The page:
- Facilitating Socialization
Social activities help employees connect on a personal level, strengthening relationships with their coworkers. Apart fromwork friendships making employees happier, they make jobs less stressful and more fun. Studies have found that three in five employees agree having a “work best friend” makes their job more enjoyable.
Team-building activities can take place during normal work hours, like group lunches or virtual escape rooms, outside of the business day with fitness challenges, happy hours, or all-team offsites. (If you’re planning team activities outside of normal business hours, consider offering childcare support or making events family-friendly so you don’t end up adding stress for employees with childcare responsibilities.)
- Encouraging Time Off
Time away from work is critical to managing stress at work: Studies have found that when employees take time off, their likelihood of job stress decreases by 56%. Time off gives employees a break from the day-to-day pressure, which they need to relax and recharge.
Creating a culture that supports taking time off will empower employees and allow them to care for their wellbeing so stress never reaches a critical point. This starts with having a company policy that permits sufficient paid time off. The next step is direct communication about the importance of taking vacations. You can share employee vacation stories during company meetings, or highlight the hobbies team members have outside of work. Making it clear that a life outside of work is encouraged can help employees feel confident stepping back for a few days at a time.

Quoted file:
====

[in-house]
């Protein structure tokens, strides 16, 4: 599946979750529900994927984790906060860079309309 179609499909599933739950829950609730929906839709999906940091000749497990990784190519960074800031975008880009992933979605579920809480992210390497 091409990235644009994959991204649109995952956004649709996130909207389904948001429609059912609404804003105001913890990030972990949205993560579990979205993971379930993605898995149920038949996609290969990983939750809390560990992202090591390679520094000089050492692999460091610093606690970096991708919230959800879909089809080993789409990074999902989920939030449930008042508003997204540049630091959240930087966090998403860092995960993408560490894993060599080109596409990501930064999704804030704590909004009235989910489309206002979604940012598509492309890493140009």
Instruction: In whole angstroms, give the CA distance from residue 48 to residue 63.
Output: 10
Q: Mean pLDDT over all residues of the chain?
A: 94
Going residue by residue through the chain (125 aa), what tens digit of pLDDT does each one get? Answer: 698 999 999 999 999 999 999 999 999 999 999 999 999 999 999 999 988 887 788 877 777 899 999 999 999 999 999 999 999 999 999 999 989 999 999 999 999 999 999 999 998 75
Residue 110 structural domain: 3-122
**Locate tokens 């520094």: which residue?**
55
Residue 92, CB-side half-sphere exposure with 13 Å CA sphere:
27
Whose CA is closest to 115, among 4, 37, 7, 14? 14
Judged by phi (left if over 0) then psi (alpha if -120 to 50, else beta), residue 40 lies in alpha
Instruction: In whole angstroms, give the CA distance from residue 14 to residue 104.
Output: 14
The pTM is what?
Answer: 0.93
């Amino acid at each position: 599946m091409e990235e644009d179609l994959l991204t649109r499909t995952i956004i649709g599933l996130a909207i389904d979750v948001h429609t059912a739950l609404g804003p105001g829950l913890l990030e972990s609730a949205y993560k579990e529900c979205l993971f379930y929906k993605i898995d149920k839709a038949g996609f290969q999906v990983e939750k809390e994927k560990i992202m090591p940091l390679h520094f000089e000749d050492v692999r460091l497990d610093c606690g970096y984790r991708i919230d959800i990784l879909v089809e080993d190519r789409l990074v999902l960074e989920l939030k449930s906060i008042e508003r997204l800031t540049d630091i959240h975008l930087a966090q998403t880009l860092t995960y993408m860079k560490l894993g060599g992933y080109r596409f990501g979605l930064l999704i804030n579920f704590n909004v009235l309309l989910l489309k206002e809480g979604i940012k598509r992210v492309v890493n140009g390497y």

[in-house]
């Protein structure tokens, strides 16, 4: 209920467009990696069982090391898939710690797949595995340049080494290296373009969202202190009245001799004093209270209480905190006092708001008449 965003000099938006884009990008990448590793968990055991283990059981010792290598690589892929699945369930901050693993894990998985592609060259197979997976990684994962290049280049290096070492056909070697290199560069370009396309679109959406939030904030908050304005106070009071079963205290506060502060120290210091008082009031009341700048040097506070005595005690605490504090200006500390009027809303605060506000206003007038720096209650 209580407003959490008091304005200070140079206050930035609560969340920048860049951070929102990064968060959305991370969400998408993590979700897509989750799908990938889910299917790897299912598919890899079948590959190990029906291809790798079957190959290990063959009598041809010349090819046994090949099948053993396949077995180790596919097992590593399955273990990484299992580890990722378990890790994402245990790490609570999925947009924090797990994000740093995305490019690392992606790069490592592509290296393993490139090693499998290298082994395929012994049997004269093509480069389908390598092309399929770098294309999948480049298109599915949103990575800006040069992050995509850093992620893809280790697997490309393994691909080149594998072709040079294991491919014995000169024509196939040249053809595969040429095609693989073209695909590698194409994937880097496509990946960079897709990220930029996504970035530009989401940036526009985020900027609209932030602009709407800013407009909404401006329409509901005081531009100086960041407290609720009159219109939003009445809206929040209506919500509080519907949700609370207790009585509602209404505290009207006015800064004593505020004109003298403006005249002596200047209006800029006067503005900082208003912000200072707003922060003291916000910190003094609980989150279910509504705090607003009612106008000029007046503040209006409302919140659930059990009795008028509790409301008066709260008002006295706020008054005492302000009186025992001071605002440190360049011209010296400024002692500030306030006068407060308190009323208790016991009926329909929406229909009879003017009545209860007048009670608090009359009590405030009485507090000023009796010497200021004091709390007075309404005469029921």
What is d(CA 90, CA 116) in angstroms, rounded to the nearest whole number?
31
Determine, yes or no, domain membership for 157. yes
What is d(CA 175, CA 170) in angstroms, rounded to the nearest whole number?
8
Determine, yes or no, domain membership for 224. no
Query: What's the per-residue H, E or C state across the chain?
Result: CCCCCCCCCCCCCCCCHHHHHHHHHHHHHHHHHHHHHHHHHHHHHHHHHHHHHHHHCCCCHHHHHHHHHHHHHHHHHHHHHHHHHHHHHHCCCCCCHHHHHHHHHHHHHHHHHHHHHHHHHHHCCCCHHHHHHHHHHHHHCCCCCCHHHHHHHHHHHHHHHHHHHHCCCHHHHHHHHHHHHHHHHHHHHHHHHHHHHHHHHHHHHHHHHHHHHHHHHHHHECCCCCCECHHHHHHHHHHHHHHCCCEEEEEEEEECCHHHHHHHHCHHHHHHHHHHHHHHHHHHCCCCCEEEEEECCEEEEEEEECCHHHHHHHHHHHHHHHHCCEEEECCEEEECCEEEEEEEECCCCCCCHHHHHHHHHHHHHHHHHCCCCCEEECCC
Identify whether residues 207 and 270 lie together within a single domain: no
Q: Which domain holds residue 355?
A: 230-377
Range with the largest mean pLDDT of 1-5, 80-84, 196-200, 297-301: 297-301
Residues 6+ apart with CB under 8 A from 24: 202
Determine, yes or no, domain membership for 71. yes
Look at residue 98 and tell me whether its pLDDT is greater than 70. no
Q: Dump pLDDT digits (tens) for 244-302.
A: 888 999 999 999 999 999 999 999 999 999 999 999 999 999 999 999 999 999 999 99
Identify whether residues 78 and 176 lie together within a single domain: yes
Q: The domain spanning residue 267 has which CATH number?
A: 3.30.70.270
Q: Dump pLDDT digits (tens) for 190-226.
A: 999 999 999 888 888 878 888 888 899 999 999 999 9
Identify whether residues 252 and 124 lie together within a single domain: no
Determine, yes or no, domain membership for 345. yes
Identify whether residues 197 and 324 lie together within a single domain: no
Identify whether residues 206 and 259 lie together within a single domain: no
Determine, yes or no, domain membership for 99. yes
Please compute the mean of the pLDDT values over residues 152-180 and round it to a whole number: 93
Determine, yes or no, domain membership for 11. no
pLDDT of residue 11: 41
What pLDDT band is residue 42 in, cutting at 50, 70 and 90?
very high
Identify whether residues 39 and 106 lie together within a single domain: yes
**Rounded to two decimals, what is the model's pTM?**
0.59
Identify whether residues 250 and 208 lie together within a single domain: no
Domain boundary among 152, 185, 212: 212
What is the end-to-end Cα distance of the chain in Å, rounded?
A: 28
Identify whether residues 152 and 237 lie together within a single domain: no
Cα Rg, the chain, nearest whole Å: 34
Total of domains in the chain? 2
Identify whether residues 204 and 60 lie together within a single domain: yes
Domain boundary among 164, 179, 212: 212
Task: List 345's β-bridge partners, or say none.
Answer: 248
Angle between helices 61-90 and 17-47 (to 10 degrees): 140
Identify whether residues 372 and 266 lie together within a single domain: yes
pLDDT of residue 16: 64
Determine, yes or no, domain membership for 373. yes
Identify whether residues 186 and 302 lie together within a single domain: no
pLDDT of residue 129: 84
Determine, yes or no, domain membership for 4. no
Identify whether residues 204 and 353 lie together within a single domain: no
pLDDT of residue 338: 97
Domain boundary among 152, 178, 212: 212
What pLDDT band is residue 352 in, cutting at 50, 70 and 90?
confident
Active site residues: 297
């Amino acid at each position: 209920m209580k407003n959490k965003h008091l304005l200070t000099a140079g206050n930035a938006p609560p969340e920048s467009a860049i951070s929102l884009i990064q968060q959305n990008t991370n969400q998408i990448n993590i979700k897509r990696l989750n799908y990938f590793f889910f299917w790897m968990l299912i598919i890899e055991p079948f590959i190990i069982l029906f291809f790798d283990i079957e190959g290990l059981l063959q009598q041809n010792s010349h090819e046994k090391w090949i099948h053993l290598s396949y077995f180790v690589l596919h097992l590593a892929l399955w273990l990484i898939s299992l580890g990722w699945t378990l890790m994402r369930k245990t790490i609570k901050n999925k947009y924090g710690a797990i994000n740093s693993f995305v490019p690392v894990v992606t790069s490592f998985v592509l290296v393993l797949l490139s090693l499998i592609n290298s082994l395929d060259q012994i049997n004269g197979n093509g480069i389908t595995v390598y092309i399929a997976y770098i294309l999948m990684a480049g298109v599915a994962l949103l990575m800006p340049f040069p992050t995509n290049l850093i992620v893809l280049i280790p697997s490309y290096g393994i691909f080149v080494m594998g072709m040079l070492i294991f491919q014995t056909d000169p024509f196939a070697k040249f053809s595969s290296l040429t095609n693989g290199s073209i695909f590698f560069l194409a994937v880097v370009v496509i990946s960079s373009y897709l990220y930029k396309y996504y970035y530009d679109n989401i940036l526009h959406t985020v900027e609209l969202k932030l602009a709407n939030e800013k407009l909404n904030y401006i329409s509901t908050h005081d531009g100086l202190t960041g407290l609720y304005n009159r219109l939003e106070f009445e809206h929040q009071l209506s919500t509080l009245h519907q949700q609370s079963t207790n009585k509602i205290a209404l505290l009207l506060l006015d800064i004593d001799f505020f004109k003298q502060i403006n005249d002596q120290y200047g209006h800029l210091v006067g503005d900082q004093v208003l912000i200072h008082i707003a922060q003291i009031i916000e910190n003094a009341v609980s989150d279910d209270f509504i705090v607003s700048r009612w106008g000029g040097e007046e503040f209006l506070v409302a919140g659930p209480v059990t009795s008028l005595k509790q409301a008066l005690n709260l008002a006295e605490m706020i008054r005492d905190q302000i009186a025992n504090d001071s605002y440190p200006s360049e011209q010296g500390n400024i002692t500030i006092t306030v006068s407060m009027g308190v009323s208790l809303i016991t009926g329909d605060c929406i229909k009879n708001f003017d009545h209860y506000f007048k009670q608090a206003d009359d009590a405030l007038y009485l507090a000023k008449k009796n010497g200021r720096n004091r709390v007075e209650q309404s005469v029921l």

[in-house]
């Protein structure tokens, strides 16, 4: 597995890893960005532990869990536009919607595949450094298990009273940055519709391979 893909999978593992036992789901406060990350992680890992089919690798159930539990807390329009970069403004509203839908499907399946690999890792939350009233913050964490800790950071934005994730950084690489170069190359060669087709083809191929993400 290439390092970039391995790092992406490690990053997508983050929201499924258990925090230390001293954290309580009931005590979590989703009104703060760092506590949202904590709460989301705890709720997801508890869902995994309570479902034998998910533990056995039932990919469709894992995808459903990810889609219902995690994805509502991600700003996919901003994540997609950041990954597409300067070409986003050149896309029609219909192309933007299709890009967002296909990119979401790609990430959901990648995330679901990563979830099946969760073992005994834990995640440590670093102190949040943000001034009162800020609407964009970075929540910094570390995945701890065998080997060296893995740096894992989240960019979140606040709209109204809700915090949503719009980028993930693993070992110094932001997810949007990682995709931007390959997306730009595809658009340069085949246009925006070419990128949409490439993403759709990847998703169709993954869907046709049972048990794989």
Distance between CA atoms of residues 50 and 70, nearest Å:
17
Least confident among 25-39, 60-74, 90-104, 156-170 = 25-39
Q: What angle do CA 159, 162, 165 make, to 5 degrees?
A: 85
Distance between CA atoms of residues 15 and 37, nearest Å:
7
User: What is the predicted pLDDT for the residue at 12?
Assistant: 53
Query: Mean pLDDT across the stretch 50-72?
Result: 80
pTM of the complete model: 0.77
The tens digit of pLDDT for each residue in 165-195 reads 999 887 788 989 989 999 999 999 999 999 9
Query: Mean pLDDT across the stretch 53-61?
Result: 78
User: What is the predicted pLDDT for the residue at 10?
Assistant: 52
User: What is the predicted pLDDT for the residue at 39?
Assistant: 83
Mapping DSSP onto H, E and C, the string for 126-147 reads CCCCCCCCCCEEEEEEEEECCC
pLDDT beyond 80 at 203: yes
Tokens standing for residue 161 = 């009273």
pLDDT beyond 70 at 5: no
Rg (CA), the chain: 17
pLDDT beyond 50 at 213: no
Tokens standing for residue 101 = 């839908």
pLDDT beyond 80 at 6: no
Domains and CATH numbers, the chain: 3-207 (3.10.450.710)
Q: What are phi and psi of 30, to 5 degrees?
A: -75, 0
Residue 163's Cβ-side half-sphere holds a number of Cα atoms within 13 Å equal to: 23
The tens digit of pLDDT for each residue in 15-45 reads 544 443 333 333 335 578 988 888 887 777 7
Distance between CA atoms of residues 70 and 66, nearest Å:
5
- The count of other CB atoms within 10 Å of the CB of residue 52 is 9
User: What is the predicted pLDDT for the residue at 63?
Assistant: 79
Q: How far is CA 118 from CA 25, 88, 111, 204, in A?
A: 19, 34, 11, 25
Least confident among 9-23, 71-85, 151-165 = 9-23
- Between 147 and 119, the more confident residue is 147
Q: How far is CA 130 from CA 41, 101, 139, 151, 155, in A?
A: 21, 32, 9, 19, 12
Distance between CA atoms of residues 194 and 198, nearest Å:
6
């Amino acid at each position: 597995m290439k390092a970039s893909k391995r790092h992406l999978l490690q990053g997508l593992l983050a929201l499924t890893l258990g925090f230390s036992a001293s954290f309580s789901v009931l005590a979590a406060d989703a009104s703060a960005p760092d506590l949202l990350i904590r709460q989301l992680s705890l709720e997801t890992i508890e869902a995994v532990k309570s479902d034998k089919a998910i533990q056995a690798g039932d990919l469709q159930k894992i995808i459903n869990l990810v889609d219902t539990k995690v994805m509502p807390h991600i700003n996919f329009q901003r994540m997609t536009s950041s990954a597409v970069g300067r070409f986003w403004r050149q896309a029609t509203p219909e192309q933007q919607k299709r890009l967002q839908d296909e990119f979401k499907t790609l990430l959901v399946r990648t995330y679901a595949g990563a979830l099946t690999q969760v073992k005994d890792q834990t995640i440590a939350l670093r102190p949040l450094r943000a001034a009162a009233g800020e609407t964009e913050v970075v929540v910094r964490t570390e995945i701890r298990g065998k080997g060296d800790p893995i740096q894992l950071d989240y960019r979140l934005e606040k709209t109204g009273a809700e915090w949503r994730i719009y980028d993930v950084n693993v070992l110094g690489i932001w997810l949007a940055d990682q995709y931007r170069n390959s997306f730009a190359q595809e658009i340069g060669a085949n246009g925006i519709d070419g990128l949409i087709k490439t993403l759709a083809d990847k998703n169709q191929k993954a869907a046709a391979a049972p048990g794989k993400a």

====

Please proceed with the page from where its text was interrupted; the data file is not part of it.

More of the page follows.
- Flexible Work Arrangements
Work flexibility is a powerful method for fighting workplace stress. Flex hours and locations allow employees to take more ownership of their time, workday, and schedule. This can help reduce stress levels, improve mental wellbeing, and increase productivity.
Changing employee work hours has been shown to decrease the likelihood of job stress by 20% (while increasing the likelihood of job satisfaction by 62%), and 96% of employees feel that work flexibility is important in a new job. And this translates into true stress reduction in the workforce: Companies with flexible work locations onlyhave 14% of employees experience burnout, compared to 36% with no work flexibility.
- Respecting Work Hours
Employees that feel the need to be in "work mode" outside working hours often feel the effects of stress in their personal life. An "always on" culture, where teams feel pressure to respond to calls and emails outside of working hours, has a negative impact on overall employee wellbeing. ANd this experience is all too common: More than half of employees say they neglect their physical and mental wellbeing because of the pressure to always be available.
Setting (and respecting) clear boundaries on work hours helps employees get the full utility out of their time off the clock. You can institute this culture by making it clear that they aren't expected to respond to notifications, emails, or chats outside their chosen working hours or on weekends.